The CDC has continually downplayed the role of THC vape carts in the outbreak and even today, continues to blame it on electronic cigarettes generally. Most revealing is the fact that every time the CDC even mentions a potential role of THC, it immediately undermines it by emphasizing that "The investigation has not identified any specific e-cigarette or vaping product (devices, liquids, refill pods, and/or cartridges) or substance that is linked to all cases."

The Rest of the Story

Don't let the CDC fool you. What they're not telling you is that in epidemiological outbreak investigations, we almost never identify a single exposure that ties together all of the cases. This is why we calculate odds ratios to estimate the strength of association between the exposure and the cases. If every single case was associated with a single exposure, then it wouldn't take an epidemiological analysis to identify the source of the outbreak.

I defy you to find a single other CDC outbreak investigation in which the agency emphasized that "the investigation has not identified any specific exposure that is linked to all cases." The failure to find a 100% link between a single exposure and every single case is the norm in outbreak investigations and never precludes the CDC from concluding that a highly common exposure is a likely source. Except in this investigation.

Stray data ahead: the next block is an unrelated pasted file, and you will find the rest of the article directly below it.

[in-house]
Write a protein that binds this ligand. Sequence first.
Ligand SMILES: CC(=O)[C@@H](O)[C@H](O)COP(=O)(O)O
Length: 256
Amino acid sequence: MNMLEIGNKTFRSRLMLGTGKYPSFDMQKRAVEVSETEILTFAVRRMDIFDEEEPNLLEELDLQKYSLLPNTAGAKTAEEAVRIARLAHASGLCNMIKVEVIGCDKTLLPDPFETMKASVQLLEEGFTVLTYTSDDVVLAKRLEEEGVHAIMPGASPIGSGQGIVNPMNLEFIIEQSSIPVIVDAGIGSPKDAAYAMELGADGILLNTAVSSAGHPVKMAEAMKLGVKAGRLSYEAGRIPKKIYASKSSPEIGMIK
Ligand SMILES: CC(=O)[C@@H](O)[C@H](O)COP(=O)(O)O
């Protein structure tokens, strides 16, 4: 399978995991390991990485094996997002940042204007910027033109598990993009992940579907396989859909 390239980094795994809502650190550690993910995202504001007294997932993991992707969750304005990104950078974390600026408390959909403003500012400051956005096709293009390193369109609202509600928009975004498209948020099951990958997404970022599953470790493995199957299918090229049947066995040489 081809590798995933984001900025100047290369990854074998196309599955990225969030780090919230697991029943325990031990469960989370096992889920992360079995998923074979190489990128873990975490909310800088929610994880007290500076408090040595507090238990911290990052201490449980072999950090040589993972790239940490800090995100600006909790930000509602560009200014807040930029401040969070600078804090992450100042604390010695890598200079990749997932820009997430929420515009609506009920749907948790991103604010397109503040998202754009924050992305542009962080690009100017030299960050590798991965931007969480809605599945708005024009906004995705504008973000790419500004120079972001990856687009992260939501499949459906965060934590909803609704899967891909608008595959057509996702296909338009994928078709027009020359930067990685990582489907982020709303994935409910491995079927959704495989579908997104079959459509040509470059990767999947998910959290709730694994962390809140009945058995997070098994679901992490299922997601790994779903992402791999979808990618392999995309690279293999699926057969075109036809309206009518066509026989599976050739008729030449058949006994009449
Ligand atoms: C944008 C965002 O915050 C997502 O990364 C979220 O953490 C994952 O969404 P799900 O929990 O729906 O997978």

For example, consider the CDC's investigation of an outbreak of severe ocular and respiratory illness following exposure to a contaminated hotel swimming pool. The investigation identified 24 cases of disease. What percentage of the cases had gone swimming or entered the pool area?

If you are thinking 100%, you are wrong. It was just 83%. But that didn't preclude the CDC from concluding that the swimming pool was implicated in the outbreak. They didn't issue a statement saying:

"While 83% of the cases reported spending time in the pool area, 17% did not. The investigation has not identified any specific exposure that is linked to all cases."